Impact Mitigation of COVID-19 Pandemic on Pediatric HIV Care

To the Editor: Severe acute respiratory syndrome coronavirus 2 (SARS CoV-2) pandemic has disrupted normal lives. Its emergence has created another health burden for children and adolescents living with human immunodeficiency virus/acquired immunodeficiency syndrome (HIV/AIDS) (CLHIV). Recently, the CDC has highlighted that people living with HIV (PLWH) are at increased risk for severe physical health illness from coronavirus disease 2019 (COVID-19) [1]. Due to disruptions caused by COVID-19, delivery of effective healthcare and access to HIV treatment was anticipated to be adversely affected. We, herein share experience at our pediatric antiretroviral therapy (ART) center to explore the potential impact of COVID-19 on HIV care.

To contain spread of SARS-CoV-2 India imposed lockdown on March 24, 2020. National AIDS Control Organization (NACO) guidelines were received regarding administering local level mechanisms for decentralization of services. There were 323 active cases of CLHIV under care before the lockdown and 10 clients (3.1%) were nonadherent, while after the lockdown, 46 clients (14.2%) were nonadherent in April, 2020 and another 27 clients (8.3%) missed drugs in May, 2020 (p value < 0.0001 for March–April and p value = 0.0044 for March–May). Thus, despite decentralization of services, HIV care in CLHIV was significantly affected by the lockdown with a significant improvement from April to May 2020 (p value = 0.0177).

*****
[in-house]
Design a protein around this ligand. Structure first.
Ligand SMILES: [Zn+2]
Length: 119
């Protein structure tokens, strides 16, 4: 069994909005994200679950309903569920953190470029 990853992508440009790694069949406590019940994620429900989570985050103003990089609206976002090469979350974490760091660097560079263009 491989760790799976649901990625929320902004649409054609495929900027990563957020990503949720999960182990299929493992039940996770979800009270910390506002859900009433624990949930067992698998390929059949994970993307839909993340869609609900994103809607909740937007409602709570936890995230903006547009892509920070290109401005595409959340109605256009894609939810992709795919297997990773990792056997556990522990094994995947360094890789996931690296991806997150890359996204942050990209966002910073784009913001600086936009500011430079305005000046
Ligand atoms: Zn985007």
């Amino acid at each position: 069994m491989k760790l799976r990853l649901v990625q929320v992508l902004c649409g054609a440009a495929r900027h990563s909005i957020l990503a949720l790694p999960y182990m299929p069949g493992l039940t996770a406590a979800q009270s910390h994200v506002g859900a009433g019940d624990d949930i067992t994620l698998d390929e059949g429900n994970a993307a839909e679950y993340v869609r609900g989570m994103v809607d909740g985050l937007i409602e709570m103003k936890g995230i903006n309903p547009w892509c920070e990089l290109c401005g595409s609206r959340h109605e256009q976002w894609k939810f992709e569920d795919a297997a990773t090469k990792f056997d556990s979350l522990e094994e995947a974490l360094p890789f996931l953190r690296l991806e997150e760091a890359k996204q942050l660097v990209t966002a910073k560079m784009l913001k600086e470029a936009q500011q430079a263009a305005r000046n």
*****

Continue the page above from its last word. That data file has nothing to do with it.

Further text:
Syndemic interactions between COVID-19 and HIV may interfere with HIV services. Effect of global pandemic ultimately falls among vulnerable groups of low- to middle-income countries [2, 3]. CLHIV need regular access to healthcare to maintain viral suppression providing optimal clinical benefits and reducing HIV transmission [4]. Strategies to tackle COVID-19 pandemic (staying home, avoiding group gatherings/functions, social distancing, and hand washing) pose unique challenges to HIV care. So there was a need of adapting mode of service delivery. Decentralization was successful to some extent at our center. Innovative replication and adaptation of this approach will be helpful in optimal HIV care delivery services across different settings.

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